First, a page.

fabric made a statement today which said the venue wants to “lead the industry” and create a new gold standard in approaches to drugs and security, whilst calling on the police and licensing authorities to support their efforts.
fabric was forced to close its doors indefinitely earlier this month (15th August) while Islington Council reviews the famous London nightclub’s license, following reports that two teenagers died of drug-related causes there in recent weeks.
The closure was met with wide condemnation, including that by Howie B, who slammed the Police for the way they have dealt with fabric, which as recently as December last year was reportedly referred to as a “beacon of best practice” in a court judgement.
A final decision on whether the club will be able to re-open – and if so, what conditions will apply – will take place on the 6th September.
Ahead of that fabric co-founder and director Cameron Leslie has stated that closing the iconic super-club would be the first step towards the demise of clubbing in London, whilst arguing that venues like it are established operators willing to invest, and so are the key to pioneering new approaches to drugs that will keep clubbers safe and prevent crime.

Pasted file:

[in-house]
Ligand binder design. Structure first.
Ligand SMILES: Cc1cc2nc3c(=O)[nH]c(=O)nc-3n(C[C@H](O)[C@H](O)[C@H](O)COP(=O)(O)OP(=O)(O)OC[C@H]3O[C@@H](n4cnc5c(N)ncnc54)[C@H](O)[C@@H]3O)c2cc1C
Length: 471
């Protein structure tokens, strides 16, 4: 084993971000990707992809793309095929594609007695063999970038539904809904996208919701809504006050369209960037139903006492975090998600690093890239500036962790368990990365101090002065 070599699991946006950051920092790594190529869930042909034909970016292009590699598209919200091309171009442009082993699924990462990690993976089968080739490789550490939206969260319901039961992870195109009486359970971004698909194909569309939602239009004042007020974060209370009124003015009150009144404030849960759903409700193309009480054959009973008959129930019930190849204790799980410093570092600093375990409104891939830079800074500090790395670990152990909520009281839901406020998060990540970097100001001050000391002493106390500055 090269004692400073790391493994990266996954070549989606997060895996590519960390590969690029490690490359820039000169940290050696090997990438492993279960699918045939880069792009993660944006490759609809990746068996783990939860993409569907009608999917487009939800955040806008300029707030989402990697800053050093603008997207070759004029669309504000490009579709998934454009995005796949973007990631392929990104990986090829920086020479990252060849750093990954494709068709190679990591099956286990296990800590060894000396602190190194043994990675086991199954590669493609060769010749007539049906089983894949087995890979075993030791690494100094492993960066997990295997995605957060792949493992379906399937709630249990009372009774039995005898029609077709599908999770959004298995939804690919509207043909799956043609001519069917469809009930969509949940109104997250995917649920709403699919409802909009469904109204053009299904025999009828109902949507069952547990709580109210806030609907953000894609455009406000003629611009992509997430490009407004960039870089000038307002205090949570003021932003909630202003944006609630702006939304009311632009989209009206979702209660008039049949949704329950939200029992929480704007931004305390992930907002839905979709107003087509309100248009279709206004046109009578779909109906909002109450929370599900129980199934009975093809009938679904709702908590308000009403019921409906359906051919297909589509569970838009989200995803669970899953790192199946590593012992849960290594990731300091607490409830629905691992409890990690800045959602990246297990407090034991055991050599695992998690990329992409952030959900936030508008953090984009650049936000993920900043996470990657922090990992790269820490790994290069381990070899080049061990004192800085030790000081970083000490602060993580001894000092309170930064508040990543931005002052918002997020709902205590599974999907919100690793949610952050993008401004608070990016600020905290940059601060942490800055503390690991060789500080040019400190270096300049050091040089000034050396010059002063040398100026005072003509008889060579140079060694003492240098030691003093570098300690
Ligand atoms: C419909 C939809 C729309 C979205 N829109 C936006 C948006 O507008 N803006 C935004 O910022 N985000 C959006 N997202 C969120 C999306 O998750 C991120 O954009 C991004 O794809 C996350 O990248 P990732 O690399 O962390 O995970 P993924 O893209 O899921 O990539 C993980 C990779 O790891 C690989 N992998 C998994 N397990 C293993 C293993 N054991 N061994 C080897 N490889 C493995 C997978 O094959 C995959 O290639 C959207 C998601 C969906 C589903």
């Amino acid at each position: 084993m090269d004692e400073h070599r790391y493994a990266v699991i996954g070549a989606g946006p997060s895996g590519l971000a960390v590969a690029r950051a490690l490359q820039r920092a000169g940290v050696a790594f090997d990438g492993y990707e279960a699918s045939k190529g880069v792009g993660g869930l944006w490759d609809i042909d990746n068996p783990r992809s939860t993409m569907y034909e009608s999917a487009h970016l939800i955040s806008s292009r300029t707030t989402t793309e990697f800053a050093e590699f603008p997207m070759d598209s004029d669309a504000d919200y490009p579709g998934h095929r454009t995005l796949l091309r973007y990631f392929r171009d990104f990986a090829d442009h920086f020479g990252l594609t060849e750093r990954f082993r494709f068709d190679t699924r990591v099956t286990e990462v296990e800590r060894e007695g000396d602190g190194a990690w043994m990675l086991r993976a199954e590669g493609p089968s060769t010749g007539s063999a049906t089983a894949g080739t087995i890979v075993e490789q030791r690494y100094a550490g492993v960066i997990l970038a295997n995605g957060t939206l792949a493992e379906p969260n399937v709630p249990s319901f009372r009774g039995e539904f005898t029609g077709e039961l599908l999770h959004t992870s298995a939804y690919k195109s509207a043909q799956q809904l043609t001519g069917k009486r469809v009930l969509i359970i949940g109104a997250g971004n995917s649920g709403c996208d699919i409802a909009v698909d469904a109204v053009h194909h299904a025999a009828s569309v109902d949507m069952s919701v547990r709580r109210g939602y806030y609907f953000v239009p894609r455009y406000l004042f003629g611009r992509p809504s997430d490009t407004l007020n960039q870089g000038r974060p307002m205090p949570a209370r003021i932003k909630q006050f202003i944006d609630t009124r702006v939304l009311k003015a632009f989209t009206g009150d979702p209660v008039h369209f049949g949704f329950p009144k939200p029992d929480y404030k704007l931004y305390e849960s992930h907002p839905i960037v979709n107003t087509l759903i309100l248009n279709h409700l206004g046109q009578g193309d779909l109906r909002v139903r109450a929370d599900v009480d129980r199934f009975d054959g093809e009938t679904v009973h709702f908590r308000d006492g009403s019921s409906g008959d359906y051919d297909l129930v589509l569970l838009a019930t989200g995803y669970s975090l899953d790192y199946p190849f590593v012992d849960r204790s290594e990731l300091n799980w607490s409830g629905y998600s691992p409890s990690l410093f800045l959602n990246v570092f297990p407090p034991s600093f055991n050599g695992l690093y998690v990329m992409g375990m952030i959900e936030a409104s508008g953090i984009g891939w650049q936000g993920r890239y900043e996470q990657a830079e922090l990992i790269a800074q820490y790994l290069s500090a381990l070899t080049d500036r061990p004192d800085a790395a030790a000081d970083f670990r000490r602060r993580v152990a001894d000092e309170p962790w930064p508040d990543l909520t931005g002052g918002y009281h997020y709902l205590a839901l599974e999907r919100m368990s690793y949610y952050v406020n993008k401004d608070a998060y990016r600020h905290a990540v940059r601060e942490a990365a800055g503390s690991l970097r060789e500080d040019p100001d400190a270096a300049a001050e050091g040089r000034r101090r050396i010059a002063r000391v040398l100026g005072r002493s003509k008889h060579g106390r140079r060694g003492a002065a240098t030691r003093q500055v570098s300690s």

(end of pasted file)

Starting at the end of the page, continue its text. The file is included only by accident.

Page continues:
In the lengthy statement, Leslie said, “Closing fabric will be the beginning of the end for clubbing in London, which is already under threat. In light of recent tragic events, we’re independently reviewing all our processes and have already proposed substantial changes to the police and to Islington Council – our aim is to set a new industry gold standard for safe clubbing.
“The safety of our customers has always been our number one priority. Any suggestion that we are not 100% committed to tackling drugs on the premises is completely false.
“We were pioneering in the way in which we worked hand in hand with the council and police when we opened 17 years ago. We established honest and transparent procedures never before seen, something we are incredibly proud of.
“Venues like fabric face huge challenges in tackling drugs but as an experienced operator, with a strong track record and which is willing to invest, we are best placed to pioneer new ways of working that will keep people safer. We hope the council and the police will support these efforts on the 6th and allow us to remain open.”
The club is currently working with the police and licensing authority to agree what changes should be made, but early signs from the club are that it is offering substantial changes to operations.
These include a new industry standard search policy on entry, developing training for staff to identify and tackle drug-taking and drug dealing in clubs, and working with the police and drugs awareness charity The Loop to establish best practice whilst also continually reviewing operations.
You can sign the #savefabric petition here, and once you have, don't forget to spread the word on social media!
Rob McCallum is DJ Mag’s deputy digital editor. Follow him on Twitter here.
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